What is it? Since the dawn of crypto-time one phrase has been prominent, “not your keys, not your crypto”. While the UX within the crypto space continues to be sub-optimal at best, it is actually rather straightforward to hold crypto in a self-custodied wallet. This includes the process of bridging digital assets from centralised exchanges, which are currently home to the majority of liquidity, to self-custodied wallets.
For institution-grade investors however, it’s not so simple. This is because they’re required by law to hold customer assets above a certain amount with ‘qualified custodians’. The SEC for example requires that customers assets above $150,000 are held in such a manner. This means that above certain monetary thresholds, which generally are relatively low for such investors, investors are unable to simply spin-up a wallet and self-custody their crypto assets.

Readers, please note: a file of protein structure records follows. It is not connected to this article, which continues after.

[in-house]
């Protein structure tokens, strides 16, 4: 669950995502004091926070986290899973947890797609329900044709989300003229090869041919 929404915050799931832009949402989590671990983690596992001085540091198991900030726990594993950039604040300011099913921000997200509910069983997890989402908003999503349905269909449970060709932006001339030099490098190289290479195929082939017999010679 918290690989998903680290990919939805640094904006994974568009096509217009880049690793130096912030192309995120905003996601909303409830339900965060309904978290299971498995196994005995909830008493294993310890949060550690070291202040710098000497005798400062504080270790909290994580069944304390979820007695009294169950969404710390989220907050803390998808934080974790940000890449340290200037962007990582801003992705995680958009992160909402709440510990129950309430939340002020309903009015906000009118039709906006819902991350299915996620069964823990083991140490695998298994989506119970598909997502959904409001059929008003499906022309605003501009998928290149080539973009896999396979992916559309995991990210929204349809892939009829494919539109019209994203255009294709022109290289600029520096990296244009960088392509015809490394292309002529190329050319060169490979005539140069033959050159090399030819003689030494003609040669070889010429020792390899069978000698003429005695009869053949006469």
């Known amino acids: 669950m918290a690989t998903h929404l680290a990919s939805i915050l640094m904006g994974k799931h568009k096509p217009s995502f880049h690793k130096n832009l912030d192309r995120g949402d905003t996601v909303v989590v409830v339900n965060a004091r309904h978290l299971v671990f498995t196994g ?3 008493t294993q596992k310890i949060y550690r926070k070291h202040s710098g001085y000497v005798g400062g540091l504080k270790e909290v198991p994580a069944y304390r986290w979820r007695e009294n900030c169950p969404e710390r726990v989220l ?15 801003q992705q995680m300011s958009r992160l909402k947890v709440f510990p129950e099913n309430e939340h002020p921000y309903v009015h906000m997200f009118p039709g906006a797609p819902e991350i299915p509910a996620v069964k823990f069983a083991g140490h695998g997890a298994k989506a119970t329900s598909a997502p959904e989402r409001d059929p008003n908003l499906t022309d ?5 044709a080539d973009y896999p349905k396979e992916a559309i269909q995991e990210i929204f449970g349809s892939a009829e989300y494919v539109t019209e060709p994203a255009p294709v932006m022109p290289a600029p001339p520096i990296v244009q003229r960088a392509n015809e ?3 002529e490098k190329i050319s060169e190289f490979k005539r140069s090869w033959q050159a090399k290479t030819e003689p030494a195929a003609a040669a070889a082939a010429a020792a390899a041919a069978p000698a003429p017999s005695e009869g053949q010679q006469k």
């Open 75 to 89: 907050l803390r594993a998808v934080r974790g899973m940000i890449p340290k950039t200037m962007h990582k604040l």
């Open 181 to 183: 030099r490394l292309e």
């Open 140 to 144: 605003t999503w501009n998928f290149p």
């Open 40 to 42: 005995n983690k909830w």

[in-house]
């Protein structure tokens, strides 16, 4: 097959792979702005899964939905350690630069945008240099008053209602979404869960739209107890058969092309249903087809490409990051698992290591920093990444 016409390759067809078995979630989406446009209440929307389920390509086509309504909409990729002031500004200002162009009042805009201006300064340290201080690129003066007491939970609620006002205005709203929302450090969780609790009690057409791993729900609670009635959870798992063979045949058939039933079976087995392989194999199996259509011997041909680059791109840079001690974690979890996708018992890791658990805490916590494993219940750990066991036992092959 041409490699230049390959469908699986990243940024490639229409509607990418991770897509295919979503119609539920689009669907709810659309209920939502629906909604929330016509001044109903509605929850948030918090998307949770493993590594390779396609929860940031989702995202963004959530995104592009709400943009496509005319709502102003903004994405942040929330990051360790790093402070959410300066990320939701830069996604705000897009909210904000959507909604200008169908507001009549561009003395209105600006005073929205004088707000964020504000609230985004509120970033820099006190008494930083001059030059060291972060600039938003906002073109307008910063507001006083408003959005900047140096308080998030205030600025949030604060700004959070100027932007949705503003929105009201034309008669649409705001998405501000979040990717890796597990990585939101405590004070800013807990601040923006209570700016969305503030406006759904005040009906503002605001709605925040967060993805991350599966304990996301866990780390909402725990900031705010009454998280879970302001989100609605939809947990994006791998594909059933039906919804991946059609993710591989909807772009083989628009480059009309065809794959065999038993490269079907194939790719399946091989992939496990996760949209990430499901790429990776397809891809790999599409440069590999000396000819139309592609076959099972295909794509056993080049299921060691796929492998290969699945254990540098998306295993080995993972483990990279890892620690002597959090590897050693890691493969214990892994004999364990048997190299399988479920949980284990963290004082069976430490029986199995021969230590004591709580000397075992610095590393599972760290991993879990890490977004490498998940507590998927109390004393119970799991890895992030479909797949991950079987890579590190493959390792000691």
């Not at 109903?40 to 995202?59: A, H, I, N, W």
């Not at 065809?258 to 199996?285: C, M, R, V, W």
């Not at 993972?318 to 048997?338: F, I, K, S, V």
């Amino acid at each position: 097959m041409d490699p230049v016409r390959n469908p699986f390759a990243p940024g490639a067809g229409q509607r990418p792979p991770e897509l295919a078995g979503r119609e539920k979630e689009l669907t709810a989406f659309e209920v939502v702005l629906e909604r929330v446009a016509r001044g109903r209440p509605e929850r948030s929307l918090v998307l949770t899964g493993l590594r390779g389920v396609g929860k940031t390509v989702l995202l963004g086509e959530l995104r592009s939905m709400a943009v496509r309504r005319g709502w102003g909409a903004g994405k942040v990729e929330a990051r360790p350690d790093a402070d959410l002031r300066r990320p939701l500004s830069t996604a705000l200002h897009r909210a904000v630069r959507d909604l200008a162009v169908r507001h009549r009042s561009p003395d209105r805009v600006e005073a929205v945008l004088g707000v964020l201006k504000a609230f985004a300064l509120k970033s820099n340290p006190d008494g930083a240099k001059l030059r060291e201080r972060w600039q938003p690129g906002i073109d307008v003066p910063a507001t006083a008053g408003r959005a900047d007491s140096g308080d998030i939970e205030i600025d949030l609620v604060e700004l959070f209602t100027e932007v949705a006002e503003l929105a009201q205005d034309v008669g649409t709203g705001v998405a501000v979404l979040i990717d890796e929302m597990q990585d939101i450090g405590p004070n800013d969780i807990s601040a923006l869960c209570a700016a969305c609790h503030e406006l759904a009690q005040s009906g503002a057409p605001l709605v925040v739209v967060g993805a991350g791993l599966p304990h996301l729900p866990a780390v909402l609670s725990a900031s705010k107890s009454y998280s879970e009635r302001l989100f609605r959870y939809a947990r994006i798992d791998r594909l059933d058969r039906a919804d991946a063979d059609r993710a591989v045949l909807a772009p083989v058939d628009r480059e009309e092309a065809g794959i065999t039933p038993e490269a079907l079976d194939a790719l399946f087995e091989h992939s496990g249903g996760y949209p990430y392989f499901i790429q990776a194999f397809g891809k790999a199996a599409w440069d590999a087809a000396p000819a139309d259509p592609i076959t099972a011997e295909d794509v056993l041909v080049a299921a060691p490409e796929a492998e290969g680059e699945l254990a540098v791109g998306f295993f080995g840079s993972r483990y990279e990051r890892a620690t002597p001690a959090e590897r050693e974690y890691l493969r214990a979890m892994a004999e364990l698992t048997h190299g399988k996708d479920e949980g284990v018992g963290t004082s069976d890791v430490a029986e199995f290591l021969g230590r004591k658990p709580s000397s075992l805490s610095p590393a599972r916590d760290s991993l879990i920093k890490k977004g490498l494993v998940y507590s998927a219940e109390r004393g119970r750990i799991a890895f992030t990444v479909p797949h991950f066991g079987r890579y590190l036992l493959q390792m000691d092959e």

Given regulatory pressures and the collapse of large industry players, institutional-grade investors are becoming increasingly deterred from custodying digital assets with centralised exchanges. The phrase “not your keys, not your crypto” never really went away.
It’s therefore necessary for these institutional investors to look to qualified custodians that can offer them the best of both worlds.
Enter Multi-Party Computation (MPC) and decentralised custody…
MPC is a method employed by qualified custodian providers such as Fireblocks and Copper to allow digital assets to be stored within a fully on-chain wallet, accredited to an institutional-investor, without the need for these investors to risk exposure of their private keys.
This is achieved leveraging zero-knowledge proofs, meaning private keys are no longer required to be stored in one single location on the qualified custodian side. Instead, the single point of compromise is removed by breaking the private key up into shares, encrypting these shares, and dividing them amongst multiple ‘parties’, or machines. These parties are completely blind to each other's underlying valuable data (i.e. private key share) at all times.